Once you have sculpted the perfect waveforms, you can store them for later, and recall them at any time in the future. You can also use the Macro Machines Storage Strip to allow multiple modules on the same power bus line to store and recall their settings at the same time, creating something never before possible in eurorack, instantaneous system wide storage and recall of entirely different configurations.

The Omnimod features:

– 4 powerful channels of LFOs, Step Sequencing, Envelope Generation and Envelope Following, in limitless combinations.
– user friendly interface with intuitive visual feedback.
– an oscilloscope mode to visualize input signals: fine tune the extraction of triggers, select different modes, and smooth or scale envelope following.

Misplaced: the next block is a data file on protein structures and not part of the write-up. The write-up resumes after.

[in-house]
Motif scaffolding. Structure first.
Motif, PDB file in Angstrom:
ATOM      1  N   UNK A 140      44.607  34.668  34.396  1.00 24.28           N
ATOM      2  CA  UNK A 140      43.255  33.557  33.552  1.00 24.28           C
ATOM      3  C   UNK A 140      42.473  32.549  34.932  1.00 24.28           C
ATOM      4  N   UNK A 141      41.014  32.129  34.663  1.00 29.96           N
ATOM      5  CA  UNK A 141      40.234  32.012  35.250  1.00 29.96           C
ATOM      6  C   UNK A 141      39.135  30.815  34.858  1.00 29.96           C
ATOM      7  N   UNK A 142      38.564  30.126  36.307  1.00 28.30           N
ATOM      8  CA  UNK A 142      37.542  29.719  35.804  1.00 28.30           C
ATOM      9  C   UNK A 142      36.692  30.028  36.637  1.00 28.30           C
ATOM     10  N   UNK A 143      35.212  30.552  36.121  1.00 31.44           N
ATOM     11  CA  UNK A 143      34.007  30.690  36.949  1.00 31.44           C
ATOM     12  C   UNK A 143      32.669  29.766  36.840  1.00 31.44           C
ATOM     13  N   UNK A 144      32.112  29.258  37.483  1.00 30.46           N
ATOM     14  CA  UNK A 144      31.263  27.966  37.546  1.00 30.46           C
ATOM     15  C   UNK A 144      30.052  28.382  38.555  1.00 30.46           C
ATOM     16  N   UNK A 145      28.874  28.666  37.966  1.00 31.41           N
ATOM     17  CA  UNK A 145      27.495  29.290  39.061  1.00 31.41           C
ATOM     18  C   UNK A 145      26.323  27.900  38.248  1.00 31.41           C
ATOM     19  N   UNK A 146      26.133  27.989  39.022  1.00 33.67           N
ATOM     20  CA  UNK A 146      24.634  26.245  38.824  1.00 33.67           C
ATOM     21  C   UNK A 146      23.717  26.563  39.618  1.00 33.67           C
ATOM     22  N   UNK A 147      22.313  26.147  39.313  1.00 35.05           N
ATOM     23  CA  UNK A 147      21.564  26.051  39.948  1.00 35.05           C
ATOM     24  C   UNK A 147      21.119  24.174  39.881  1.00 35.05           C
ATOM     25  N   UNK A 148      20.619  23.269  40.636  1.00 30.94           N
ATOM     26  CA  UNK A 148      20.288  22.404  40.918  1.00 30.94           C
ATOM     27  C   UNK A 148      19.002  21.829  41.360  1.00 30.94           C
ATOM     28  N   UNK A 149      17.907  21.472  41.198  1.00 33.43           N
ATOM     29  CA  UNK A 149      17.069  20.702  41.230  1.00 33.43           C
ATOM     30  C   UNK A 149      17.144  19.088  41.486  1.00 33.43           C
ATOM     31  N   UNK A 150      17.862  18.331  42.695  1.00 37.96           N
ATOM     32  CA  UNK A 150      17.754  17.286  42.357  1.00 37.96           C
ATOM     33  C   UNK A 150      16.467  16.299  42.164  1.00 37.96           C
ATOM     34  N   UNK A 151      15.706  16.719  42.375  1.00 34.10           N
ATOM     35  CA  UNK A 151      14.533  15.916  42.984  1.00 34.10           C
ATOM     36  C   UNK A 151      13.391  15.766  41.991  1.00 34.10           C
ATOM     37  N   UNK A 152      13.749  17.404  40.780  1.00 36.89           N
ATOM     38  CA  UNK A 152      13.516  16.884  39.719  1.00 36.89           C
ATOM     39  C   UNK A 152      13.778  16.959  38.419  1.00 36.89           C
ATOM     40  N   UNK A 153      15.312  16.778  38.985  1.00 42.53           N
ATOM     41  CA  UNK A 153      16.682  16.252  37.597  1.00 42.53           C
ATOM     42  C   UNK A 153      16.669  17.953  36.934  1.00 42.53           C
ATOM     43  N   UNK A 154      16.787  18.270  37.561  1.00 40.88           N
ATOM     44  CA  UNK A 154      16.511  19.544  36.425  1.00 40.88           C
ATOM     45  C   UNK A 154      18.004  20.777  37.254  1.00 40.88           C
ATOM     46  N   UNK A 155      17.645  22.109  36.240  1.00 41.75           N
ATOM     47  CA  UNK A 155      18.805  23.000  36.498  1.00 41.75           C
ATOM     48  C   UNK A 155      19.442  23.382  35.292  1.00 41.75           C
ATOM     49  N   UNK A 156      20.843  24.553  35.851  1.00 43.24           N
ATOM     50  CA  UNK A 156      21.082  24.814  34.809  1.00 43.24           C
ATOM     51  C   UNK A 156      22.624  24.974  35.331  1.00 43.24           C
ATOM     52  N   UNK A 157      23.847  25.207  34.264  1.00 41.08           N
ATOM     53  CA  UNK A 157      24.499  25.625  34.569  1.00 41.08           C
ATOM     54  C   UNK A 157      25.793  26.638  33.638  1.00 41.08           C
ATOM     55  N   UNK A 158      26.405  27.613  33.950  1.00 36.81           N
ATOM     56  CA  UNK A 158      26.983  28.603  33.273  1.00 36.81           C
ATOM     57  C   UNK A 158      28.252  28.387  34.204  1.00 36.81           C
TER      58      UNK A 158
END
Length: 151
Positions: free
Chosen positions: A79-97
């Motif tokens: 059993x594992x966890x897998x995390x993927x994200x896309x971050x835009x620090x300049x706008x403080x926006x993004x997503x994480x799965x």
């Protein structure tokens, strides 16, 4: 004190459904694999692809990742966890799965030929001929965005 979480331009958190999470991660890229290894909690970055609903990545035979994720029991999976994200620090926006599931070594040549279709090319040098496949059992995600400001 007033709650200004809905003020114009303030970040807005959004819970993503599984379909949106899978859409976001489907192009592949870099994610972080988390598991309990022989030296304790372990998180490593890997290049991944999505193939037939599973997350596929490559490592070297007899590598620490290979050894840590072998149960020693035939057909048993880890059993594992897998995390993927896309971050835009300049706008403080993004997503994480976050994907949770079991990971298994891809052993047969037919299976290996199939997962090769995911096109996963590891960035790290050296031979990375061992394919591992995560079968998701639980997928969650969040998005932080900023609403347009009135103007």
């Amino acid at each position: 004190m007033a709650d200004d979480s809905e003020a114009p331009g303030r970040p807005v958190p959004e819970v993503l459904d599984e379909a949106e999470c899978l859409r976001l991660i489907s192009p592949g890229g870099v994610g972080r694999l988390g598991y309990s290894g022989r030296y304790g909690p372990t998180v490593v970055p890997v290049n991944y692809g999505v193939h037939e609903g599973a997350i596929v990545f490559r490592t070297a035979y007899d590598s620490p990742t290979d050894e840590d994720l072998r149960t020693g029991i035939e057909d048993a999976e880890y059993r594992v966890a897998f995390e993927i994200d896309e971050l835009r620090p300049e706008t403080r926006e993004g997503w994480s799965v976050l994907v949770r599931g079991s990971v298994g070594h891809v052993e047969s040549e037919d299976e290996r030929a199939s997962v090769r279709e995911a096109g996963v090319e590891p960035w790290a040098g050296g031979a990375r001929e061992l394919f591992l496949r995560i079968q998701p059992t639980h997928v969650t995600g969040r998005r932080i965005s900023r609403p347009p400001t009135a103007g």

– full storage and recall of all parameters automagically before power cycling,
– user definable waves for reusing complex individual channel settings.
– 64 storable, recallable, sequence-able, and randomize-able presets
– only 14HP wide, packs loads of useful possibilities in a small space.
Located atop the beautiful OLED screen, there are four (4) inputs and four (4) outputs using the highest quality 1/8th inch jacks and four (4) eye catching white LED buttons that continually fade to show the output of each of the 4 channels. Below the screen are two encoders, the left encoder is stepped for parameter and point selection and the right encoder allows smooth parameter editing. This simple and quick to grasp control scheme will have you mastering this module quickly, manipulating and sculpting your own unique waveforms.